Tuesday mornings are vegetable packing days at Healthy Lincoln County, where we sort fresh food, pack boxes, and distribute to our share table partners. Our wheelhouse is food procurement; we pick up donations from local farms and partners, but the real magic comes once the food leaves our hands.
This week our spotlight is on LincolnHealth employee Kristina Verney, the coordinator behind the successful share table at the Watson Center, on the Miles Campus in Damariscotta.
Kristina coordinates the “5-2-1-0 Let’s Go!” nutrition program through LincolnHealth, and heads up various wellness initiatives. If you’ve been on their campuses and seen raised beds blossoming, then you’ll recognize some of her work. Creating new and innovative opportunities for people to access healthier foods is her modus operandi.
Each week, she tirelessly hits the road with her colleague Gabby Tilton, to pick up food. HLC is not her only stop; she drives all around the county sourcing food for their share table and mini-pantry, which started as a table used to distribute fresh food from the campus gardens.
Once she saw the frequency with which people were taking food, she looked for ways to expand their offerings. That led to a partnership with the Ecumenical Food Pantry in Newcastle, which has made the Watson Center a satellite pantry site, allowing them to distribute dry goods like pasta, rice, and canned vegetables. Once Kristina had a steady source of dry goods, she added a shelving unit in the lobby of the Watson Center, next to their produce stand.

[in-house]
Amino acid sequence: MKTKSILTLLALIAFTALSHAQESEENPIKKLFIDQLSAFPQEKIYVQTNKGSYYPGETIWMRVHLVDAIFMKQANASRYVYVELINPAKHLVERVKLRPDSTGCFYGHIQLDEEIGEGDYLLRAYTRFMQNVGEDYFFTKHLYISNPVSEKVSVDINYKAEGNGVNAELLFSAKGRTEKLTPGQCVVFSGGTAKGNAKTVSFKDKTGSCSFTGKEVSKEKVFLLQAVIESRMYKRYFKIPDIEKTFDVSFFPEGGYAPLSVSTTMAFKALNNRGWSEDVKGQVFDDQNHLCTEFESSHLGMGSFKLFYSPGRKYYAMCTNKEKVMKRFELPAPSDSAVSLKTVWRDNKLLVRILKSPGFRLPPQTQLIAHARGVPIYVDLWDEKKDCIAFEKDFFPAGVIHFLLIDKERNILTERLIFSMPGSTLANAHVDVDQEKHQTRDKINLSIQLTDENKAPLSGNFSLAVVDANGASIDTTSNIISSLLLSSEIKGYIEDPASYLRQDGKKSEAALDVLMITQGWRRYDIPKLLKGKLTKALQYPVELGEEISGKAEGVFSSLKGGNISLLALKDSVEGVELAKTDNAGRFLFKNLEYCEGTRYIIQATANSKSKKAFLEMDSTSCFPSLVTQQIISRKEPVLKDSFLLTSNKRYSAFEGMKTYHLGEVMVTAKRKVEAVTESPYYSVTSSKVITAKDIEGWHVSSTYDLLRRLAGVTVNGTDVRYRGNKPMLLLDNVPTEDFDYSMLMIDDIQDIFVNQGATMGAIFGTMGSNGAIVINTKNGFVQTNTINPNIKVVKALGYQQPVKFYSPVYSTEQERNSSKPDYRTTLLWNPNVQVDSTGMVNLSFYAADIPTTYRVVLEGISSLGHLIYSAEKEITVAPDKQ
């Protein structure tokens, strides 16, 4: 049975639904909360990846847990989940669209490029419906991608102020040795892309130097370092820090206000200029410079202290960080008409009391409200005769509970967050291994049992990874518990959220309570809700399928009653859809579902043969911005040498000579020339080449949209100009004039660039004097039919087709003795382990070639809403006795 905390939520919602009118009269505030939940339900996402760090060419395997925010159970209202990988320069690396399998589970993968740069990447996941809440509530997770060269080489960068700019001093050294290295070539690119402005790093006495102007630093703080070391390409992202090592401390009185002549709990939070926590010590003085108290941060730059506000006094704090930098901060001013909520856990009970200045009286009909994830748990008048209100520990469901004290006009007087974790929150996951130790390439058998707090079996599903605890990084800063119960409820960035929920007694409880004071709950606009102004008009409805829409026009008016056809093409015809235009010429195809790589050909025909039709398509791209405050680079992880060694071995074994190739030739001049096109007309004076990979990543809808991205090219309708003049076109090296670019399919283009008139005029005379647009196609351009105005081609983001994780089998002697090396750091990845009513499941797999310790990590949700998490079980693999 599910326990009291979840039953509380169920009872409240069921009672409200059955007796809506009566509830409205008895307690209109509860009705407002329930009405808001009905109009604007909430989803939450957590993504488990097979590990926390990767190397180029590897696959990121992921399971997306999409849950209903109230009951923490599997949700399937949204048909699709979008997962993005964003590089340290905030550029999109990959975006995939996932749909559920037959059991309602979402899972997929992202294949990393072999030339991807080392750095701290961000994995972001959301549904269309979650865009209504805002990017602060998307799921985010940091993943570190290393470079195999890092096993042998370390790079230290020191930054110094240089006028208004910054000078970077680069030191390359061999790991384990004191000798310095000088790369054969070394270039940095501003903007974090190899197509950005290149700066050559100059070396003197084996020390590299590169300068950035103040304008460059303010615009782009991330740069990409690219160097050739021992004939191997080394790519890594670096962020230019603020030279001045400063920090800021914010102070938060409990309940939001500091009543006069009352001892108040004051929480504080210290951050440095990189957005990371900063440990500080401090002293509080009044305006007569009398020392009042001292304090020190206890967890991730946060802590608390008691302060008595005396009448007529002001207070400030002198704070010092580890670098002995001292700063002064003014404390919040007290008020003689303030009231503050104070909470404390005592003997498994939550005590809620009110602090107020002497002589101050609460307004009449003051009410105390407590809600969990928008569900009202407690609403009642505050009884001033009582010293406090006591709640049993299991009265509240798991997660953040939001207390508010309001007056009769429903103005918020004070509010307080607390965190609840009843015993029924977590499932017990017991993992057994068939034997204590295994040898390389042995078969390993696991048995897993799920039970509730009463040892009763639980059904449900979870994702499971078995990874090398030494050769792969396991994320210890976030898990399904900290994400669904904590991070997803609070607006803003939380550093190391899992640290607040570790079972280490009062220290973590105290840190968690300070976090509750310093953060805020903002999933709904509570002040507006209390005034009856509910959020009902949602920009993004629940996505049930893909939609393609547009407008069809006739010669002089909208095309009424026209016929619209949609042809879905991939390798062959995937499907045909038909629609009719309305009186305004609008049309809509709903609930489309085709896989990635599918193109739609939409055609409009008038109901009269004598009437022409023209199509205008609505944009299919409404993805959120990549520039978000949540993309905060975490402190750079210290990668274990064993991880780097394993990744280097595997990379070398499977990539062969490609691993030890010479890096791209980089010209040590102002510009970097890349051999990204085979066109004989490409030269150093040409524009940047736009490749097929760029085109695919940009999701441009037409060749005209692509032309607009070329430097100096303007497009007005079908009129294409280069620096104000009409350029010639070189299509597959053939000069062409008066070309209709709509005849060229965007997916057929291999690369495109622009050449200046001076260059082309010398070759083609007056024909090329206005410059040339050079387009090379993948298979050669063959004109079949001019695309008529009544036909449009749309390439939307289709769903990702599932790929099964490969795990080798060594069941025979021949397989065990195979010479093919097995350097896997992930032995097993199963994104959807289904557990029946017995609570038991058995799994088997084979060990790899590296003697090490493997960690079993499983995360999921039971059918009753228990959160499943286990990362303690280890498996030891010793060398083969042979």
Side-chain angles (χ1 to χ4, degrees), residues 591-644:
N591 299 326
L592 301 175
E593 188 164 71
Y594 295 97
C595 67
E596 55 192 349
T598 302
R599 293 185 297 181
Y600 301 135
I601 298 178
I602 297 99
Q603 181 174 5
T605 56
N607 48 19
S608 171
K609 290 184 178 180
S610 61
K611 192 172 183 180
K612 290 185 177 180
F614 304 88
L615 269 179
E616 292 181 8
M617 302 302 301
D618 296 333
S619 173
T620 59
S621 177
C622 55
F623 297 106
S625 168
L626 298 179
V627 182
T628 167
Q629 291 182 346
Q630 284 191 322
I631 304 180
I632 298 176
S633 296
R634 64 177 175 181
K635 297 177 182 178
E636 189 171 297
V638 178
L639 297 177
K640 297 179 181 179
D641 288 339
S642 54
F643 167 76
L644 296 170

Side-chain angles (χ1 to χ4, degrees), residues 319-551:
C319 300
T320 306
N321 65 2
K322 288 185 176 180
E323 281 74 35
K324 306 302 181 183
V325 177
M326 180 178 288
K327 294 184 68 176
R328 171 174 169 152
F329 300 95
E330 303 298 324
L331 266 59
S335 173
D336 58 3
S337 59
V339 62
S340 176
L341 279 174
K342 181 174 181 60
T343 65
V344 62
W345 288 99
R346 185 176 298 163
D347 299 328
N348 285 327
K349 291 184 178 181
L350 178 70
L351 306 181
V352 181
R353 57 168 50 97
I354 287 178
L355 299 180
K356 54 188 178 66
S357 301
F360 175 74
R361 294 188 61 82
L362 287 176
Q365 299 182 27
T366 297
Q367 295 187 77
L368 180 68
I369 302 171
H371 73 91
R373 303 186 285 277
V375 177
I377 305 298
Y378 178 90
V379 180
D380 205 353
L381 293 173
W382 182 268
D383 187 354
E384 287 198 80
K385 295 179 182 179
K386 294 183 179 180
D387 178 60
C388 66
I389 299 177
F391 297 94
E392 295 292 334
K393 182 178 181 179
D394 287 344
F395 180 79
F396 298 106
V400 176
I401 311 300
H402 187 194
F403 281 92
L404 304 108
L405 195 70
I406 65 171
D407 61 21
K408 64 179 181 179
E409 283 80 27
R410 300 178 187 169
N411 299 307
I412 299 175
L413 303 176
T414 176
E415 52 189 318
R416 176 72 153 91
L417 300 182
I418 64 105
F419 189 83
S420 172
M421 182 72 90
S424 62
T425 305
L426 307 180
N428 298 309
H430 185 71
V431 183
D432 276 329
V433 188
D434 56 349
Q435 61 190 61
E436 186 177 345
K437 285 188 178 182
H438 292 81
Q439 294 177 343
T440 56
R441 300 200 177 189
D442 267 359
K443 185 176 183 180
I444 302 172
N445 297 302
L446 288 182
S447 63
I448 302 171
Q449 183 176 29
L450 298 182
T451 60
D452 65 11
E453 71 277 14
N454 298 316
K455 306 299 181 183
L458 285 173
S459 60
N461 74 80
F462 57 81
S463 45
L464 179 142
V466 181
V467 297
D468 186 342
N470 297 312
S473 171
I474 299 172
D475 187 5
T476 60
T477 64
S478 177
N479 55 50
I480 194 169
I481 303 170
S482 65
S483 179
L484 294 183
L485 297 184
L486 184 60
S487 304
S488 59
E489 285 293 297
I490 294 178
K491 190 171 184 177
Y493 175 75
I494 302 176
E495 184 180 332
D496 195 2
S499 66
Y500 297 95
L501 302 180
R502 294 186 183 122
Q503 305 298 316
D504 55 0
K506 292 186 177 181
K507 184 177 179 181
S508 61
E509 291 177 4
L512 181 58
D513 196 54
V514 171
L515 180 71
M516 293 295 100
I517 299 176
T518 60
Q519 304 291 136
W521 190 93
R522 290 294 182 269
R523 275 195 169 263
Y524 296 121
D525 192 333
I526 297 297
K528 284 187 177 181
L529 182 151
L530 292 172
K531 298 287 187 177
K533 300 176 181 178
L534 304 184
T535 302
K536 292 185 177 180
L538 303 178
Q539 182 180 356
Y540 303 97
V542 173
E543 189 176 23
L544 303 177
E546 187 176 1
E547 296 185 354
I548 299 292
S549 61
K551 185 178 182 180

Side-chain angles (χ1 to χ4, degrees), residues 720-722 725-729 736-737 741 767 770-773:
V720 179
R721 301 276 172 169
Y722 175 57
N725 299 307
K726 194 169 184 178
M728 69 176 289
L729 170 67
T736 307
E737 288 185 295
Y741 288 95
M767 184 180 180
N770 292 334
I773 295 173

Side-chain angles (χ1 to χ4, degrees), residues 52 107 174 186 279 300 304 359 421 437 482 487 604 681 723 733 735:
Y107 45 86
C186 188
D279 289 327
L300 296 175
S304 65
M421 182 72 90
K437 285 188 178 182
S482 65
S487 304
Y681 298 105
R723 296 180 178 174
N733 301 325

Kristina’s next partnership was with the Lincoln County Gleaners, an HLC program where volunteers work with local farms to harvest food from the fields that would otherwise lay fallow. This allowed her to start offering produce consistently every week, and for the first time, throughout the winter months, too.
I asked her what her favorite part of her share table/mini pantry was, and she answered, “The variety of different produce we get from week to week. It allows people to try new things they maybe never have before like fresh rosemary and micro greens, or pick up some traditional produce like oranges, apples, or potatoes that they know they will love. The ease of access to our shelves allows people to take their time in picking out whatever they would like to take home with them, or snack on while they wait for their appointment.”
Whether it’s a young mother who needs a snack for their child, or a client who can’t afford fresh vegetables, everyone is welcome to grab from their stands. There’s no monitoring who takes the food, and the area is a warm, welcoming, judgment-free zone.
As we spoke, a young mother exited the elevator and stopped at the produce stand, grabbing a few fresh vegetables before leading her kids to her car.
The system Kristina put into place is working, right before our eyes.
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